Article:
- Photography by: A. K. Best
IF I WERE PLANNING AN EXOTIC TRIP TO someplace south of the equator, among the first patterns I’d put in my fly box would be Dark Spruce weighted streamers in sizes 2 through 6. I have an affinity for this fly partly because it’s one of the first steamer flies I learned to tie and, more important, because it always seems to work no matter where I fish it. To me an exotic trip equates to catching really big fish using big flies. Coq de Leon saddles solved the problem of tying large Spruce Fly streamers. The feathers have rounded tips and are long enough to easily tie size 2 or even larger, if you wish. Find one with furnace markings and dye it medium brown if it isn’t already dyed for you.
- Attach the white thread and tie in a small clump of pearlescent Krystal Flash. Lash the clump to the end of the hook shank and bring the thread forward to the starting point. Taper the tailing tips. Tie in the pearlescent Body Braid above the thread starting point, and lash it to the top of the hook, to the start of the hook bend. Bring the thread forward and wind the Body Braid forward to create a slight taper to the rear of the body. Tie down and trim off the excess.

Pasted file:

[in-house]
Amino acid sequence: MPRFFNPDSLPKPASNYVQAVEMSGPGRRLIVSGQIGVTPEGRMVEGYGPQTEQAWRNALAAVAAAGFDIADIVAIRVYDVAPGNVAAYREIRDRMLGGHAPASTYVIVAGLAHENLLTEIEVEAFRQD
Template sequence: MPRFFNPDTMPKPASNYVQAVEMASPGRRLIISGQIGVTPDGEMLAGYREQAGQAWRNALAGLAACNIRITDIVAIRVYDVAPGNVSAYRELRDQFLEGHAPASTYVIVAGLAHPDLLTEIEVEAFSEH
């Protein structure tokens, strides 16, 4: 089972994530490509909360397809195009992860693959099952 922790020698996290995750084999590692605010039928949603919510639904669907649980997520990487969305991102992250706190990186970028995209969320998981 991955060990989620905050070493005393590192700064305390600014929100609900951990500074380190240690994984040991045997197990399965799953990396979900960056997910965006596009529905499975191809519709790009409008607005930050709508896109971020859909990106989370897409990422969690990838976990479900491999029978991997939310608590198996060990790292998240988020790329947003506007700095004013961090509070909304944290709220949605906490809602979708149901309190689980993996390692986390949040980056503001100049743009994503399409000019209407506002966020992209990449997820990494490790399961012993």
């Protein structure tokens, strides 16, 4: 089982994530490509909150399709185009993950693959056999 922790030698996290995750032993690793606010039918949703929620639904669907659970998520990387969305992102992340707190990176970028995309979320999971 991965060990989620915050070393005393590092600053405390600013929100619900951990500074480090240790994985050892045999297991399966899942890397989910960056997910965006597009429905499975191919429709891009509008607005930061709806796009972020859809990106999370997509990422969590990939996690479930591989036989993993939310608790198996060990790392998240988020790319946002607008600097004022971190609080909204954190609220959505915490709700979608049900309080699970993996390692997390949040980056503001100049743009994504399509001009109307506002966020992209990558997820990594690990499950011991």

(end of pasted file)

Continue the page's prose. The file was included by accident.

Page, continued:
Every beetle I've ever seen on the water has its wing tips visible just behind the shell back halves. This usually amounts to about 25 percent of the insect's total silhouette. Yet all the beetle patterns I see in catalogs and in fly shops have no wing tips showing. I think it's
I have taught this pattern in a number of fly-tying classes for my Eastern friends, and all agree-it's a killer.
Soft Hackle Little Yellow Stone
Roy Palm probably knows Colorado's Frying Pan River better than any other living person. He has fished it, guided it, and in fact lived just a few yards from it for more than 20 years. He knows all too well how finicky the large trout can get during the numerous hatches that occur there on a daily
Large Matukas: Big browns at twilight and dusk? Here's the fly...
A variation to fool the trickiest trout
A classic streamer that still catches fish